- Shopping Bag ( 0 items )
Posted February 3, 2013
“Walker” loses driving privileges
In a video presentation on his latest work, psychologist Ray Guarendi says he would never write a book without humor. He describes Winning the Discipline Debates as an instructional, step-by-step, scripted version of what might take place if he made a house call to one of his clients and whispered advice as he observed the family dynamic. He also states the goal of Winning the Discipline Debates: to put authority into the hands of parents.
In the book’s introduction Guarendi shares his view of “experts” and the proliferation of books and theories on raising children. He advises readers to look at the advice through a personal lens and to avoid giving too much credibility to any one practice or theory. Throughout the book he weighs in on such popular notions as time-outs and “counting,” which rates its own chapter. I’ll use that as sample of the book’s format and style.
Up for the Count, Chapter 4, features Dad and six-year-old Tarry (example of humor) at the backyard swing set near dinnertime. The “prologue” to this chapter is that counting is a way for preschoolers to how smart they are, but counting discipline by adults isn’t very smart. The scene is written as dialogue between parent and child with comments from Dr. Ray inserted. The kid says he will come down after 10 more swings, then begins counting. Dad tells Tarry to stop counting, and Dad begins a discipline countdown. When Dad tells the kid to get off the swing NOW, and Tarry does a half-baked pretense of slowing down, Dad threatens to “start counting” again. Dr. Ray points out that Dad would probably be in the low seventies if he had continued his original count. Then, the author rewrites the script, giving Dad the opening and closing line-something to the effect that if Tarry isn’t in the house in 10 seconds he won’t be allowed to go back outside after dinner. The “epilogue” of this chapter explains the drawbacks of counting (offered in a 1-2-3 list—that Dr Ray!)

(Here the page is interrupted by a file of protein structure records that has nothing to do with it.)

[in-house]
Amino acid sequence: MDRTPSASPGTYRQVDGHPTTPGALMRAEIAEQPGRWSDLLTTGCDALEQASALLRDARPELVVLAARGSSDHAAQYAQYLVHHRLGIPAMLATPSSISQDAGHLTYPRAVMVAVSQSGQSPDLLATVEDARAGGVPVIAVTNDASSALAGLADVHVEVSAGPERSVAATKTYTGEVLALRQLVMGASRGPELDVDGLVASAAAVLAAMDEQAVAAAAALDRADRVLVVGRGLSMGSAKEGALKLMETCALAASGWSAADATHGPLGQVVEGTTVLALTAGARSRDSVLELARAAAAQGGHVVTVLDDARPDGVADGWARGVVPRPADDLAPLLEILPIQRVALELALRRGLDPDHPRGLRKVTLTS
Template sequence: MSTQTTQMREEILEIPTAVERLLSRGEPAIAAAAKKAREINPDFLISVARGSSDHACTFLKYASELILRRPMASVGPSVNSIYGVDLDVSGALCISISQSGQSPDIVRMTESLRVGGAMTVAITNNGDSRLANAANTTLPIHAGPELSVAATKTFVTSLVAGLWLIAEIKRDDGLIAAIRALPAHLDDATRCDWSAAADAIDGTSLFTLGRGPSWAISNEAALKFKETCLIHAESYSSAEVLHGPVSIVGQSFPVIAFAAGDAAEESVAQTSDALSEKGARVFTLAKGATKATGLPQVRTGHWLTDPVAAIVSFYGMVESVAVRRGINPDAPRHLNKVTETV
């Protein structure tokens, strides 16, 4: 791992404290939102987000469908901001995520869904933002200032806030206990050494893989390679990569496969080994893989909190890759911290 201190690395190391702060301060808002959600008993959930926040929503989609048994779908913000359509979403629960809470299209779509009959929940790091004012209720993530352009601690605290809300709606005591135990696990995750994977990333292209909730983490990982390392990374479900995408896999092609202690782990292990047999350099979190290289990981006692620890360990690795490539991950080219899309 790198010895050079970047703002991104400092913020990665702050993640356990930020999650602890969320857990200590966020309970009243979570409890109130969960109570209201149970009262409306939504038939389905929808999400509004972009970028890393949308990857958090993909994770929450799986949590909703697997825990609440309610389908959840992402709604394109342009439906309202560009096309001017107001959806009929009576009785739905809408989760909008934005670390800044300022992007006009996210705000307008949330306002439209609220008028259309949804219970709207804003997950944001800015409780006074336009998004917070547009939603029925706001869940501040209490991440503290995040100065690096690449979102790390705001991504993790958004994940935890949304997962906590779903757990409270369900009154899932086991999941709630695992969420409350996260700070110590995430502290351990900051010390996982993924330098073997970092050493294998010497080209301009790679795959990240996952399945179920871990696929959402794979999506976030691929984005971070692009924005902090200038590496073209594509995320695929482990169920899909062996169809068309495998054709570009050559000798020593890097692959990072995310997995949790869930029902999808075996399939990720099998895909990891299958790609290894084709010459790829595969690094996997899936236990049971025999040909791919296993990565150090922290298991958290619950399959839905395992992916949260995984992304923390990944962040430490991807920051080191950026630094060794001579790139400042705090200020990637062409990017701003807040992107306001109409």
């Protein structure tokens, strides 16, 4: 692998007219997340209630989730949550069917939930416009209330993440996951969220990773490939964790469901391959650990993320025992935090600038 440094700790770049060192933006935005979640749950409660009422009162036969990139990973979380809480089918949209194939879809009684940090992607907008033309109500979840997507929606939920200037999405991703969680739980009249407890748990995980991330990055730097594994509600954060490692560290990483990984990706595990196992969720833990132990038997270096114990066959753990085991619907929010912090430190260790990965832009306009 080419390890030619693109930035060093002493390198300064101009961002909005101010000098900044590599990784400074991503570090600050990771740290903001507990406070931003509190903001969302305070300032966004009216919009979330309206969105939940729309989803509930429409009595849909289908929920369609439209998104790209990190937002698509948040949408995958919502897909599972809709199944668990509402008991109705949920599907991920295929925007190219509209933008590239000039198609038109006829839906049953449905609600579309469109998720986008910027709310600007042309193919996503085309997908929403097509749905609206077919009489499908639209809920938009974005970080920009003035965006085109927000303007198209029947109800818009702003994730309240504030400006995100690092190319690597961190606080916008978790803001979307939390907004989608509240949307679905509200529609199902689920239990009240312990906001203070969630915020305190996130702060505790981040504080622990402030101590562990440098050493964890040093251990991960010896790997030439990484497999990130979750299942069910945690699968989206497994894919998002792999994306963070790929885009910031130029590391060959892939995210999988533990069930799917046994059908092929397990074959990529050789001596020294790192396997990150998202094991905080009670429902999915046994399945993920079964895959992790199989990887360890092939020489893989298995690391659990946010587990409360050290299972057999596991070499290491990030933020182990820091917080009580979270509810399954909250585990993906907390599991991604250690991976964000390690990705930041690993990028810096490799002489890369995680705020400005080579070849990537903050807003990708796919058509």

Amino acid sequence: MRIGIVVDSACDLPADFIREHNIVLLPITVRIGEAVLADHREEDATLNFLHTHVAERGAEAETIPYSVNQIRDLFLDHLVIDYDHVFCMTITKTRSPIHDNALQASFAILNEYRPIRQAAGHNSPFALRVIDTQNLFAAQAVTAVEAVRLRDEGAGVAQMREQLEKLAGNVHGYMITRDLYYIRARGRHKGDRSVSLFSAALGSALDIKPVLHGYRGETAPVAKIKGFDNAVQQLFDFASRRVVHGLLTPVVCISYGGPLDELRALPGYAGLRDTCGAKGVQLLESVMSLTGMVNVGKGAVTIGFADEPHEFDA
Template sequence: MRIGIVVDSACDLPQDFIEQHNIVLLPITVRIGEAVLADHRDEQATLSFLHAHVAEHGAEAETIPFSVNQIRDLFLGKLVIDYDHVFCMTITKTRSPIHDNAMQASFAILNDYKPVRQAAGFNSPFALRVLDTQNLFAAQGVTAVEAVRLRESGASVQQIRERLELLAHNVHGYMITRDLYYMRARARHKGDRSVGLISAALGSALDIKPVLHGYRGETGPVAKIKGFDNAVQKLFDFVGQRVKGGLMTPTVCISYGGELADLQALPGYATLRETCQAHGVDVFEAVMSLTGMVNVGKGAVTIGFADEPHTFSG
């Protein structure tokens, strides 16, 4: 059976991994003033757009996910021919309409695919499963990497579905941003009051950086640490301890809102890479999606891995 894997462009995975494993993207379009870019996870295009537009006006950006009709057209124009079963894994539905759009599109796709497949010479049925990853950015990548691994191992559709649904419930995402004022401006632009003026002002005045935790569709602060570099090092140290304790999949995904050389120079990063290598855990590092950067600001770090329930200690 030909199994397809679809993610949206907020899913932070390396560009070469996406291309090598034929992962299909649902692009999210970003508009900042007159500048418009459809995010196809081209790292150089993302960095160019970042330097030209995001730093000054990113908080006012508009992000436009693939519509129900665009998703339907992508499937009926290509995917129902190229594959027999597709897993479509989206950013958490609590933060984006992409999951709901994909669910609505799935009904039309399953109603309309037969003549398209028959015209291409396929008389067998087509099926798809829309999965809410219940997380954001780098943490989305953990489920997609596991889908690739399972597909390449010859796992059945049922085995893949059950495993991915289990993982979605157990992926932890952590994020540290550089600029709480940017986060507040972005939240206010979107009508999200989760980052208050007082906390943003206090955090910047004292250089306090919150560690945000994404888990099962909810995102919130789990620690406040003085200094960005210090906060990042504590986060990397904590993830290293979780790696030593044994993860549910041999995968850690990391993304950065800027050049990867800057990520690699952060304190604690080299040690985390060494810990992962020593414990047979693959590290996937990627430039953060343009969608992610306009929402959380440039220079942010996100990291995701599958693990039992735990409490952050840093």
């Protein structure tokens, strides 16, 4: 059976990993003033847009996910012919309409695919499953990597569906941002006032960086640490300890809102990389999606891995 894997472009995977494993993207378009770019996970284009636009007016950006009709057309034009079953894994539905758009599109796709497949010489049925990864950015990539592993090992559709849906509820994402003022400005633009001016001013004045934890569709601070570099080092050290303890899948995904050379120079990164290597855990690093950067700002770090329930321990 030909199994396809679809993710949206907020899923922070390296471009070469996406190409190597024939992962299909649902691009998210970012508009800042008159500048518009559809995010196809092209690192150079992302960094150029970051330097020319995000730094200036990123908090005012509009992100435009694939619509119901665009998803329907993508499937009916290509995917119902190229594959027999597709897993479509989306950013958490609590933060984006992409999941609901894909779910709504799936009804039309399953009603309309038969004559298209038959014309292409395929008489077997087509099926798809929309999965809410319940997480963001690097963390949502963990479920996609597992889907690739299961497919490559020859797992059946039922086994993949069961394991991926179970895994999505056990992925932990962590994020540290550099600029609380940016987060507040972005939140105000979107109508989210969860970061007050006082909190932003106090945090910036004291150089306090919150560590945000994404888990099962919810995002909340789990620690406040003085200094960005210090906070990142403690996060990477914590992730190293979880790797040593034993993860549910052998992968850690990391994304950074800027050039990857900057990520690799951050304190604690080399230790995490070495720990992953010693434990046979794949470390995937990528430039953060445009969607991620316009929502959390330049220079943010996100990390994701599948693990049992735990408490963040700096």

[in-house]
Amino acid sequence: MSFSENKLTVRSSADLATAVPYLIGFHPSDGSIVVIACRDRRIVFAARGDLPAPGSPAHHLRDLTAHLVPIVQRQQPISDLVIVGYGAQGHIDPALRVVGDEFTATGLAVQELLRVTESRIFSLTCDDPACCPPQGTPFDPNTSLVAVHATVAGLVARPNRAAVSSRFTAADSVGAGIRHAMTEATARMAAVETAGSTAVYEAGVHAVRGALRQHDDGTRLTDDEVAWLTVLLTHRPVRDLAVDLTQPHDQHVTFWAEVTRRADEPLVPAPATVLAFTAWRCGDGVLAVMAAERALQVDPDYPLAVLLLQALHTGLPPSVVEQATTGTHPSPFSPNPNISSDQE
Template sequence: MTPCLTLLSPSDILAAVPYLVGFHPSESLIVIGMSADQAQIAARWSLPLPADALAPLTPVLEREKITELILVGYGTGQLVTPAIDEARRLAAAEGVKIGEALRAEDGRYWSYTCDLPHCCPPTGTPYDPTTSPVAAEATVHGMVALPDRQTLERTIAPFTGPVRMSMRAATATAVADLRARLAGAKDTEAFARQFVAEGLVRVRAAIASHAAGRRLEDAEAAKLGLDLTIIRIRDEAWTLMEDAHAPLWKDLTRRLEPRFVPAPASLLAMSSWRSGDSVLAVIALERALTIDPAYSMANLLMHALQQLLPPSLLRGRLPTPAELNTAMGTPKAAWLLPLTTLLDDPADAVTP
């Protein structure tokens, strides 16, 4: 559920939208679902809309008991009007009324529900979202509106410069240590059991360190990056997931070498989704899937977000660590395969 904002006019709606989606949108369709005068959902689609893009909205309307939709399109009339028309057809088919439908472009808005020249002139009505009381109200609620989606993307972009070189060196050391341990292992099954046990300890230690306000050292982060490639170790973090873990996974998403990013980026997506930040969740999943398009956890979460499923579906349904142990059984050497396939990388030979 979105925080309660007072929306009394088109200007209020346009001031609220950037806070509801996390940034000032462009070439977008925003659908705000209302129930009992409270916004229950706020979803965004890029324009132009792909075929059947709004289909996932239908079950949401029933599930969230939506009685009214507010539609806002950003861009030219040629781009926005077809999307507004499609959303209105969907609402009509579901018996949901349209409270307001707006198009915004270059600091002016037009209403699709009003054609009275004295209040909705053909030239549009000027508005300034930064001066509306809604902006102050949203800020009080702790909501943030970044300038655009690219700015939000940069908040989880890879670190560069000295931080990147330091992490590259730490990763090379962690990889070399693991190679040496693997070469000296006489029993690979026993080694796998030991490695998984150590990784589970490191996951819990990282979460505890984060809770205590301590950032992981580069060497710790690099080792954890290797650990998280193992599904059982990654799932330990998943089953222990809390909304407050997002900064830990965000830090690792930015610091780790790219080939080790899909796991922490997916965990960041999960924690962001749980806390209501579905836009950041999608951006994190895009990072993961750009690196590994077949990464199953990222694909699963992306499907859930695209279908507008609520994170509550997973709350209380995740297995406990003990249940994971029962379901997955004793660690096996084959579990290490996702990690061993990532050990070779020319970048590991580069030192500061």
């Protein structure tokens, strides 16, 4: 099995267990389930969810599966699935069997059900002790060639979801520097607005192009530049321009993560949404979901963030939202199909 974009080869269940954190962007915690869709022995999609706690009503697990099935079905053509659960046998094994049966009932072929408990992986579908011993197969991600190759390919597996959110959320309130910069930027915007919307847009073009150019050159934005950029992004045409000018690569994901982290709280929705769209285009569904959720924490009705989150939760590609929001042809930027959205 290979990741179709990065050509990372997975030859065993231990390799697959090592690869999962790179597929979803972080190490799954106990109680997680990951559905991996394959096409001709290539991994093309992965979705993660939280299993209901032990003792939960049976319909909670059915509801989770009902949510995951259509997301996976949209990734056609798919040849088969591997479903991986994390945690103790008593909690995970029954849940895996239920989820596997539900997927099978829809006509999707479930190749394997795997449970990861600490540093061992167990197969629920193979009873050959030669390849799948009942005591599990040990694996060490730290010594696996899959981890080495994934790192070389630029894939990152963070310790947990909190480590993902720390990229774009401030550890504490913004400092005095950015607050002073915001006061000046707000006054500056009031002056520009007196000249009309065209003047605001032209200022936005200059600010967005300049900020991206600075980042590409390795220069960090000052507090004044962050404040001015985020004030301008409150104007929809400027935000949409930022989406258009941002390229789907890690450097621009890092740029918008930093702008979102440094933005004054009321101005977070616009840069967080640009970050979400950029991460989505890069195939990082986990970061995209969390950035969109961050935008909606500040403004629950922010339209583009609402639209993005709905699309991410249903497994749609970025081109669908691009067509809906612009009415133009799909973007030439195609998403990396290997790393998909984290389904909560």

As promised, Winning the Discipline Debates is practical advice on common hot buttons in families with children aged 5 to about 17. A few issues paired with names of the child characters: Earhard doesn’t “hear” mom calling; Oral wants to negotiate every little thing; Cellina is fighting over her phone; and Walker loses his driving privileges. All with sample scripts and imminently useful comments from a seasoned counselor with 10 kids of his own.